Oregon becomes first state to receive fed's approval on Medicaid reimbursement of mobile crisis intervention services
Governor Kate Brown is applauding her state becoming the first to earn federal approval for Medicaid reimbursement of mobile crisis intervention services.
Brown pointed to the CAHOOTS (Crisis Assistance Helping Out On The Streets) program run by the White Bird Clinic in Eugene, whose teams work to de-escalate difficult situations, and help people in crisis find essential support services.
“And all of this work done of course, while ensuring the privacy and confidentiality of the person receiving care,” she said during a conference call with reporters.
“We are so thrilled that this investment is being made in our state. We know that Oregonians will get better services as a result.”
The announcement from the Centers for Medicare and Medicaid has also been highlighted by lawmakers and mental health advocates, including U.S. Senator Ron Wyden. His brother Jeffrey, suffered from schizophrenia until his death 20 years ago.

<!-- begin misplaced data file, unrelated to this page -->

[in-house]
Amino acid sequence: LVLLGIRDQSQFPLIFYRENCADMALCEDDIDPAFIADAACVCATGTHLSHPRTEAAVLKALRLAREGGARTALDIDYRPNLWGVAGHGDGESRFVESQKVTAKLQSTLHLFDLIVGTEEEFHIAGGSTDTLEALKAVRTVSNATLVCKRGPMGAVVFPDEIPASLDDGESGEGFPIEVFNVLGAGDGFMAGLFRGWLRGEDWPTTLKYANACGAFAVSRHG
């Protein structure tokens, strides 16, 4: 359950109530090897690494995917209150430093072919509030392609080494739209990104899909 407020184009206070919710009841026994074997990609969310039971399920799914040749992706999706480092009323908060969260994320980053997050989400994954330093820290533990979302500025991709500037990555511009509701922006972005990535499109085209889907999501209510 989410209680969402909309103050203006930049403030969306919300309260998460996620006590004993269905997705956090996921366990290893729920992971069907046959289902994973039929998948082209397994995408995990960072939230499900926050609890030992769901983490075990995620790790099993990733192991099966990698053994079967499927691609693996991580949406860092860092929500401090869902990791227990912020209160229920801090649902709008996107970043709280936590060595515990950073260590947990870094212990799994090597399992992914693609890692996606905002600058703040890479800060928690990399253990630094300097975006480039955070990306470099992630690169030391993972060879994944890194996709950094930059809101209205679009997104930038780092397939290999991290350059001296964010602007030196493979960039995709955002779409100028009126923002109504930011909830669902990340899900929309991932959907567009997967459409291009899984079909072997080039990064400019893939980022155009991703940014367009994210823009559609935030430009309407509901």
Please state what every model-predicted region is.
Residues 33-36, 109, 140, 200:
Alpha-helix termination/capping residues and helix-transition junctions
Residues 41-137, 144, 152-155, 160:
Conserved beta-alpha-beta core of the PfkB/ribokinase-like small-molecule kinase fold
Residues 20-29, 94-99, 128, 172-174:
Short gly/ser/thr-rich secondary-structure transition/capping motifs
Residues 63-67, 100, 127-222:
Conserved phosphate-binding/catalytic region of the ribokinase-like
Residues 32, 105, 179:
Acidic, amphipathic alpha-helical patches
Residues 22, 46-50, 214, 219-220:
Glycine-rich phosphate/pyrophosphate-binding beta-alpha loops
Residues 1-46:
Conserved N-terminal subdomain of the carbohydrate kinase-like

Wyden said since Oregon originated CAHOOTS, it’s fitting his state should be first to qualify for this approval.
“When serious mental illness accounts for 1 in 10 law enforcement responses and 1 in 4 fatal police encounters, it’s clear that it’s long past time for CAHOOTS’ mobile crisis response model to be taken nationally,” he said.
The federal government will cover $.85 cents for every dollar spent by states to expand mobile crisis services for Medicaid recipients. There are 1.4 million in Oregon, nearly one-third of the state population.